World/nation briefs

  • Updated: January 14, 2013 - 8:28 PM

WASHINGTON

Order targeting voter intimidation stands

The Supreme Court, without comment, turned down an effort by the Republican National Committee to end a 30-year-old court order aimed at preventing intimidation of minority voters. The order stems from a lawsuit filed by Democrats in New Jersey in 1981 that objected to a "ballot security" program the RNC ran in minority neighborhoods. Republicans said the order hampers efforts to combat voter fraud, but U.S. District Judge Dickinson Debevoise said voter intimidation remains a threat and preventing it outweighs the potential danger of fraud.

CALIFORNIA

Some citrus damaged amid bitter cold

As an unusual cold gripped the West Coast for the fifth day, some California citrus growers began to see damage. In the San Joaquin Valley, where farmers are fighting to protect about $1.5 billion worth of citrus fruit, temperatures dropped to 25 degrees in some areas. The California Citrus Mutual association said the orange crop seemed protected so far, but that "mandarin growers are going to see a range of significant damage."

MYANMAR

Fighting edges toward Chinese border

Fighting between an armed ethnic rebel group and the military threatened to spill into Chinese territory, the insurgents said, with reports that shelling had killed three people in the border town of Laiza, the headquarters of the Kachin Independence Army, a rebel group. The breakdown of a cease-fire has been a setback for the government of President Thein Sein, who is trying to guide Myanmar toward democracy after decades of military rule.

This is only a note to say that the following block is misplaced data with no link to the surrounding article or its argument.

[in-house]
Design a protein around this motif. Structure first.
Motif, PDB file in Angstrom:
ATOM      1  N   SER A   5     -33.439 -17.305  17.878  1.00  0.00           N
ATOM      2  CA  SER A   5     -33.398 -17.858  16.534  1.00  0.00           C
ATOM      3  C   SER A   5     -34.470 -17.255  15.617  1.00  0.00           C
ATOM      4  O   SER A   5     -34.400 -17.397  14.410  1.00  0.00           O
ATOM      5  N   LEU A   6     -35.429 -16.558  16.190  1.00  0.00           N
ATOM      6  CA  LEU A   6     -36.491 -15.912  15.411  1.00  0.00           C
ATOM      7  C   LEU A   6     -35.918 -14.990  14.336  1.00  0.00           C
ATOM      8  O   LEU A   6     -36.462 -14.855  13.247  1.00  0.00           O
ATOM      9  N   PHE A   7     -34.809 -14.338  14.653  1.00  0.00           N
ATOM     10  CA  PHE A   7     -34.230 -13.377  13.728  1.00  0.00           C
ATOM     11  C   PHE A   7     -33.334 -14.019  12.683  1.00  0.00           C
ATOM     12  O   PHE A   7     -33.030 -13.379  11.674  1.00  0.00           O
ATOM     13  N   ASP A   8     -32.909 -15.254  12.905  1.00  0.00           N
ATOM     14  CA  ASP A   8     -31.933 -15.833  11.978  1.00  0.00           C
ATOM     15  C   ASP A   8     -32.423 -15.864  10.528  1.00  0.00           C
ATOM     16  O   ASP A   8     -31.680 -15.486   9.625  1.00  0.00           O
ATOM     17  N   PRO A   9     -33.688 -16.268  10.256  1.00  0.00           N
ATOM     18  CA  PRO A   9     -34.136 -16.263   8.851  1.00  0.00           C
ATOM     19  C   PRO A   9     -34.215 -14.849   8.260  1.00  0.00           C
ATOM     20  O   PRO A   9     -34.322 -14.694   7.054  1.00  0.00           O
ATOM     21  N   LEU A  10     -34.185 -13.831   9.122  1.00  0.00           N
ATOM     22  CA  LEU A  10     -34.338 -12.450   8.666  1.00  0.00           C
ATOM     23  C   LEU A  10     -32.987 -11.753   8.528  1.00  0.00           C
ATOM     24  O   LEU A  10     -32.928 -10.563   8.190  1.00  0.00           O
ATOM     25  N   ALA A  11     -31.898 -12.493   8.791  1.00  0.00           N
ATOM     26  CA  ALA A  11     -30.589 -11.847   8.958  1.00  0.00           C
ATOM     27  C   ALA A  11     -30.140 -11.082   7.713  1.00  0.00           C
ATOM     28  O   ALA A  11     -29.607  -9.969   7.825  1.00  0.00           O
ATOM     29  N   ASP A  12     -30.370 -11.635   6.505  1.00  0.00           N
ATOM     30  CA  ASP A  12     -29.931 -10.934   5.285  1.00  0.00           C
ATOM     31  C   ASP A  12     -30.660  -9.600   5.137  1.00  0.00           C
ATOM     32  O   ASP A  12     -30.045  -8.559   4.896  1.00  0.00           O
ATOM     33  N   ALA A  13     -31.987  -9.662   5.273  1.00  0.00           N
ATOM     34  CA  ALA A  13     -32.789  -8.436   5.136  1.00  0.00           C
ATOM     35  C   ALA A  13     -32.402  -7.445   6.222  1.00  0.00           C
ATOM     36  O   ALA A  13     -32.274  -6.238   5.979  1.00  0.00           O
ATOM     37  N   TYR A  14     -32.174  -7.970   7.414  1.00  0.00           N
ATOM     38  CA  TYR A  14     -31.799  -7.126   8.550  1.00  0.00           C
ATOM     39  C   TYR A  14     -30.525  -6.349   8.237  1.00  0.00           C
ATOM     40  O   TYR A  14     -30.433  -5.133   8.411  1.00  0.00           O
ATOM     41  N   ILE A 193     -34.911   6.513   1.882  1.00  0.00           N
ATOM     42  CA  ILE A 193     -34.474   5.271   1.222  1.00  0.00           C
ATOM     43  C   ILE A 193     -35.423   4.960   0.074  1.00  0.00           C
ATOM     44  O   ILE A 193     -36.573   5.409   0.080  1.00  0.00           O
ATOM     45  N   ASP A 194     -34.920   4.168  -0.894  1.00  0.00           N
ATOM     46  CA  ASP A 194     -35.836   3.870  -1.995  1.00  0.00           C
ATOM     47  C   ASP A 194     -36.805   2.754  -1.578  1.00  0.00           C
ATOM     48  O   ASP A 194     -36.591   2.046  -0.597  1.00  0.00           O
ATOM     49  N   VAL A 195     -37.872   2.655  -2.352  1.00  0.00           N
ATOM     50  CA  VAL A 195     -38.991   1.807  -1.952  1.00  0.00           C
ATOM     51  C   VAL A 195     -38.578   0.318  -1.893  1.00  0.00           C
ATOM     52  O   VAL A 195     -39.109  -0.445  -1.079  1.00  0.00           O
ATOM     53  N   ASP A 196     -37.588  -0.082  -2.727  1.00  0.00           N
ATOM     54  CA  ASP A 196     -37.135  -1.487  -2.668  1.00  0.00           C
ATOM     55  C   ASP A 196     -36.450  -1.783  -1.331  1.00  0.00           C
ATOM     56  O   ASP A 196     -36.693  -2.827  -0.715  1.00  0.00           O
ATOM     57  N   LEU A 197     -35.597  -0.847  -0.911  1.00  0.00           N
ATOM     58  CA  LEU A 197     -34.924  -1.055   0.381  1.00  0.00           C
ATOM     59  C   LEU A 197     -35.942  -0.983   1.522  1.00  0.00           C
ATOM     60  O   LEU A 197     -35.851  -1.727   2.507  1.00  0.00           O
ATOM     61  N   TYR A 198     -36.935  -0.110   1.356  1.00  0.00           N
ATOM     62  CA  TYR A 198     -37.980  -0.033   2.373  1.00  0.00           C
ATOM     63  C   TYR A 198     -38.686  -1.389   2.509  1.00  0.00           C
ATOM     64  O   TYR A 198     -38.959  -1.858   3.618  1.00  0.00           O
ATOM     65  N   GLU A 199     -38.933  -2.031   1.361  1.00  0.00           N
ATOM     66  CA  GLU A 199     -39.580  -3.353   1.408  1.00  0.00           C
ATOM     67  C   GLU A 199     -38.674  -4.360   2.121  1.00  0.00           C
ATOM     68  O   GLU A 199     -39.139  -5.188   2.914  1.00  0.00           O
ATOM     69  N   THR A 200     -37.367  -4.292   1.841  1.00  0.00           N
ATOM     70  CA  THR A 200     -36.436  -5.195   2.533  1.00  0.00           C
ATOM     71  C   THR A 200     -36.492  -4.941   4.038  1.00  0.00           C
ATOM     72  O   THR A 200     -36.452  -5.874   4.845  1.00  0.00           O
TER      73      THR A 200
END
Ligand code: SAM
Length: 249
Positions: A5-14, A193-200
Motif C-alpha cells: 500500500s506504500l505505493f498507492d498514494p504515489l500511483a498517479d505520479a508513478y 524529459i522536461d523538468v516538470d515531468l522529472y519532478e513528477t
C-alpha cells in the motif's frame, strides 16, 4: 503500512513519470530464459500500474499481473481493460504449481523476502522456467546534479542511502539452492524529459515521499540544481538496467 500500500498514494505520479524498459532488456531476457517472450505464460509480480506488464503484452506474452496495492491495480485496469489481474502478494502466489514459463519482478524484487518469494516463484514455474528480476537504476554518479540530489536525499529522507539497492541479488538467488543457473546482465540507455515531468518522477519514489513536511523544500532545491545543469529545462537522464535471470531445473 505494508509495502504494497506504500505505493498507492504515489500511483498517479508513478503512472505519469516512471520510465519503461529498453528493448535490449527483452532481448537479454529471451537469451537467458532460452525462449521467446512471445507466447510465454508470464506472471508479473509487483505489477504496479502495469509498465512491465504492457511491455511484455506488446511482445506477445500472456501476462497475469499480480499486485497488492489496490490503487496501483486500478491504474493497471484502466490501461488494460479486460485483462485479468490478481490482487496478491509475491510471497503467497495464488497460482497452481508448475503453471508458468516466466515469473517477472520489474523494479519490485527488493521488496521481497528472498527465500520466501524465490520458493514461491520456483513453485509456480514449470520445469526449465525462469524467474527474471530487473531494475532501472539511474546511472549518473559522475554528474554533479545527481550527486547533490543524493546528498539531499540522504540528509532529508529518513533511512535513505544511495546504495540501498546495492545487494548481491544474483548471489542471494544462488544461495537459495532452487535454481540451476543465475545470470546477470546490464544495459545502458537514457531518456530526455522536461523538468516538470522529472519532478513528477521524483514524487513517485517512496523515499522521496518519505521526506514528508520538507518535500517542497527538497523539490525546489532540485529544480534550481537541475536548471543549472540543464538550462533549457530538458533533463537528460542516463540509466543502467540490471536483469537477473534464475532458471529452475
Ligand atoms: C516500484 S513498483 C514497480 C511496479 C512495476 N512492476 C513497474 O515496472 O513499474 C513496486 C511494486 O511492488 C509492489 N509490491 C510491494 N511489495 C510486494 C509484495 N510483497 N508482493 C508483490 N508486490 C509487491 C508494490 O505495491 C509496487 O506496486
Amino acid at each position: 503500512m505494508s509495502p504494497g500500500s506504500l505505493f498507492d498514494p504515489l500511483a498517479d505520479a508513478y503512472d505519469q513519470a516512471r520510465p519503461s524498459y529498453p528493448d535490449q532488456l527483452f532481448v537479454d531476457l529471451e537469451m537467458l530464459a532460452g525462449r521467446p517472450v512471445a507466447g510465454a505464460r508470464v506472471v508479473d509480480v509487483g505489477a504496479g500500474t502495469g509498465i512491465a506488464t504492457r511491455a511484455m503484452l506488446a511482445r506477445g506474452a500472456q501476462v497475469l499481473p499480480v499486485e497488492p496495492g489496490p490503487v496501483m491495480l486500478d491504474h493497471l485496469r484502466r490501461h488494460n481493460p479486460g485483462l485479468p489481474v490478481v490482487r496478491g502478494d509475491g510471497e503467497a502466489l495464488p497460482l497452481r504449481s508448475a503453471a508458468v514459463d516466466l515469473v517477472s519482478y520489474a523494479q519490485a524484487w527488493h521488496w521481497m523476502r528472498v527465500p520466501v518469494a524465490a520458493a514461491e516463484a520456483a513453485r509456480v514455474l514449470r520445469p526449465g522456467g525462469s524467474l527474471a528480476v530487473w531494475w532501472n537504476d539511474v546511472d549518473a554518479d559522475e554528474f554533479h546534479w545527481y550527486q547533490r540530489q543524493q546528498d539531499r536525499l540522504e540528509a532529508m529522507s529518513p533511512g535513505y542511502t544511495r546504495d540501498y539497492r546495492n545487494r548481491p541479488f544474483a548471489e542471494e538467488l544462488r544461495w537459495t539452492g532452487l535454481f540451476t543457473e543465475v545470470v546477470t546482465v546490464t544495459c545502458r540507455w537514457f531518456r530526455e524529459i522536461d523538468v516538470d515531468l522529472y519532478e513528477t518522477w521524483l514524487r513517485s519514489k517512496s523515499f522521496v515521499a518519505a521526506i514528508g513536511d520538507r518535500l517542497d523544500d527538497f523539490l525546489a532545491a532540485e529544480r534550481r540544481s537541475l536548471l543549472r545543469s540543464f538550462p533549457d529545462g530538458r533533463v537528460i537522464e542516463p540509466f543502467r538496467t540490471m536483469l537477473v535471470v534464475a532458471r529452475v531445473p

SYRIA

Rape 'significant' part of war, report says

Rape has become a "significant and disturbing feature" of the war in Syria, one that many refugees cite as their leading reason for fleeing the country, said a report by the International Rescue Committee, a New York-based organization. It does not specify if those men are primarily from government forces or rebel fighters.

INDONESIA

City may ban women straddling motorbikes

A plan by city officials in Lhokseumawe, in Sumatra's Aceh Province, to ban women from straddling motorbikes has prompted an outcry. But opponents said sitting sidesaddle is both less comfortable and less safe. Most Indonesians are Muslims, but Aceh is the only province that strictly enforces Islamic law, or Shariah. The province already has laws on how women may dress.

NEWS SERVICES

  • get related content delivered to your inbox

  • manage my email subscriptions

ADVERTISEMENT

Connect with twitterConnect with facebookConnect with Google+Connect with PinterestConnect with PinterestConnect with RssfeedConnect with email newsletters

ADVERTISEMENT

ADVERTISEMENT

ADVERTISEMENT

ADVERTISEMENT

ADVERTISEMENT

ADVERTISEMENT

 
Close